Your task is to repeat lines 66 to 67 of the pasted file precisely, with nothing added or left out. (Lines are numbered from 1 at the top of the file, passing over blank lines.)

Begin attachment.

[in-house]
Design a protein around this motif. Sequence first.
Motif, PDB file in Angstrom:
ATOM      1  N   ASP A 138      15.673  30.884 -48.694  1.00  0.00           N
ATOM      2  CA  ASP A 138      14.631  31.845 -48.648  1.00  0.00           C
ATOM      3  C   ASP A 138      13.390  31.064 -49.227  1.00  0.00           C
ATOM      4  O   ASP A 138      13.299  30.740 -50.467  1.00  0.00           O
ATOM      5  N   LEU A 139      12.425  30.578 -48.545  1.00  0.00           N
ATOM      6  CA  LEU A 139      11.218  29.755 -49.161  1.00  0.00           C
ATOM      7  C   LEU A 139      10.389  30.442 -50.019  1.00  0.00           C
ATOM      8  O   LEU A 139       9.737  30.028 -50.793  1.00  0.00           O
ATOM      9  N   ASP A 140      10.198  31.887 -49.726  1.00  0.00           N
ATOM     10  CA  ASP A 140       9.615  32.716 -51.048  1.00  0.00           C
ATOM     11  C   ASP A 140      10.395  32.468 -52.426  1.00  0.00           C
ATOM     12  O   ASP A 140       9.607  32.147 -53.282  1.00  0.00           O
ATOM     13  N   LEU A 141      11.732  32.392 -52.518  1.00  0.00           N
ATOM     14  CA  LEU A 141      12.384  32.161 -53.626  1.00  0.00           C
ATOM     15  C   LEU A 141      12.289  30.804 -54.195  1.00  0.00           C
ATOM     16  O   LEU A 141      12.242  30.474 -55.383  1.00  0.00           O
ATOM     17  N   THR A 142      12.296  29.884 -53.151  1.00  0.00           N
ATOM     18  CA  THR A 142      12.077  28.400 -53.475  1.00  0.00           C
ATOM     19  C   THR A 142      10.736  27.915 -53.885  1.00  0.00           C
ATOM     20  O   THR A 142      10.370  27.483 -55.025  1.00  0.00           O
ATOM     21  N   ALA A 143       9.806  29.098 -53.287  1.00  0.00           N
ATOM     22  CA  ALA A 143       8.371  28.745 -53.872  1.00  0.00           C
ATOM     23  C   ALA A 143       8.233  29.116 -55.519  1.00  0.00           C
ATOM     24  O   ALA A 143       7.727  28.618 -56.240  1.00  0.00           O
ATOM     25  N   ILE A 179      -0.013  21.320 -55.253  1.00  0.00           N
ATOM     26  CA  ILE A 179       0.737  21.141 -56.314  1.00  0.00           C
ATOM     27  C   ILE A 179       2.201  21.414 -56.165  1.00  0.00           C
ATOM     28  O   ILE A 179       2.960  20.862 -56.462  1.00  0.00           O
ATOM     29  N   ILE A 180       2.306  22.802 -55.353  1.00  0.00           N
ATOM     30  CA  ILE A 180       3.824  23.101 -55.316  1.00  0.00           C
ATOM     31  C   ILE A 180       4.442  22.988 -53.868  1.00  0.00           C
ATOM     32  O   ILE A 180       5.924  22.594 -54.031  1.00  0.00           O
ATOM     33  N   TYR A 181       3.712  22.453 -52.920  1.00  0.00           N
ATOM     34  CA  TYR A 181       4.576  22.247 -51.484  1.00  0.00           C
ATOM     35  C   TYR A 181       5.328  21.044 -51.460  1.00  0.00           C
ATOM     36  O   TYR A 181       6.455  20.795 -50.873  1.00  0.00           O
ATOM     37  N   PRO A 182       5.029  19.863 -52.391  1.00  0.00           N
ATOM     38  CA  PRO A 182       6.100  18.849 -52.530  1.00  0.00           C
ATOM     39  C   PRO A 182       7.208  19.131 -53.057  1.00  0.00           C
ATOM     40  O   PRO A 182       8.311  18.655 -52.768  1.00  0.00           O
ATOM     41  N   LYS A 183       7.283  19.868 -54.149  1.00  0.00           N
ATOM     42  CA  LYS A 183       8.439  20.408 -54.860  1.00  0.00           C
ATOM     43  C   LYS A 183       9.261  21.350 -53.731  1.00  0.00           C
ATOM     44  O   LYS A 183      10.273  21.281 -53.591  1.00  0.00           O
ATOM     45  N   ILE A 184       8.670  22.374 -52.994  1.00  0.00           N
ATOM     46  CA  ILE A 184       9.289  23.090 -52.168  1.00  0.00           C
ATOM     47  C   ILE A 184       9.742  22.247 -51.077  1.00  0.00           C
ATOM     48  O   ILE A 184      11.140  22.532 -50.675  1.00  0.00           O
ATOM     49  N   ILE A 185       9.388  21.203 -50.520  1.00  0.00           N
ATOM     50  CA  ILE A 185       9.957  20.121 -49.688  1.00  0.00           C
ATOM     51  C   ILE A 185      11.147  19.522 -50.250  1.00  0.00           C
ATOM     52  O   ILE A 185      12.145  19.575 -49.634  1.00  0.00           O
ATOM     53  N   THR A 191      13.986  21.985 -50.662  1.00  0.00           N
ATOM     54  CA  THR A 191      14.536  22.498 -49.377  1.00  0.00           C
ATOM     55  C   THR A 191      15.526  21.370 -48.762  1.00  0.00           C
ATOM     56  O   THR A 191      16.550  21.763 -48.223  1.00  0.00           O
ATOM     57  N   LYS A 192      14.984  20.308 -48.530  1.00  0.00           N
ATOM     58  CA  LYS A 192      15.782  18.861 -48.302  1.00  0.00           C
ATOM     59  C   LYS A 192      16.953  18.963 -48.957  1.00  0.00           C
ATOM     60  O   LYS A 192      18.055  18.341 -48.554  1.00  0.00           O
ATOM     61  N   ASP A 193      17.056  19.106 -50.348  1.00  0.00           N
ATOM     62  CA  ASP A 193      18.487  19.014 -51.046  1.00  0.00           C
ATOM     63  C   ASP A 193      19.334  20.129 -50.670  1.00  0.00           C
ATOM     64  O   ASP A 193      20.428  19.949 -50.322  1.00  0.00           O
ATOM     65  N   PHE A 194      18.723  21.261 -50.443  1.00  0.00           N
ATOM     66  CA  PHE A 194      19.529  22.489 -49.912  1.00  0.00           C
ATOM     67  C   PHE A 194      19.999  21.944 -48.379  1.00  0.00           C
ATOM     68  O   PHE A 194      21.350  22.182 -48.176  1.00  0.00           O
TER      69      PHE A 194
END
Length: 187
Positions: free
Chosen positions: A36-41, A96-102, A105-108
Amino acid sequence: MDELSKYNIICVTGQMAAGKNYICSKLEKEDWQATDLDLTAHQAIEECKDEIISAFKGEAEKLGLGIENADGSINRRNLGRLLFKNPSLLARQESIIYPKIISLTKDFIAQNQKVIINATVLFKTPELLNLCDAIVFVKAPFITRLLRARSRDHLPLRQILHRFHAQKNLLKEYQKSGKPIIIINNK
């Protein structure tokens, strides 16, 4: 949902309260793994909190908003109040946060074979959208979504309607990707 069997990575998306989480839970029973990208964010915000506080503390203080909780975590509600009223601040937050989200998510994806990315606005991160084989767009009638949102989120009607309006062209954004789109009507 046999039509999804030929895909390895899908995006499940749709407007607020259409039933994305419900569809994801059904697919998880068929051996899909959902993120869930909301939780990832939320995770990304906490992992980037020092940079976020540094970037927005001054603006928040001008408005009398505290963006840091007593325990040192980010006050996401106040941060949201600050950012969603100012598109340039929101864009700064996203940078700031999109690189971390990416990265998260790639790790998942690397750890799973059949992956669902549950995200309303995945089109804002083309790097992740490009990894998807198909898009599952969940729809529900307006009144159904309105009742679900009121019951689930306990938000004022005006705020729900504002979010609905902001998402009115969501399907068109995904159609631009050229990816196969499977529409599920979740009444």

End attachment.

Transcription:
ATOM     63  C   ASP A 193      19.334  20.129 -50.670  1.00  0.00           C
ATOM     64  O   ASP A 193      20.428  19.949 -50.322  1.00  0.00           O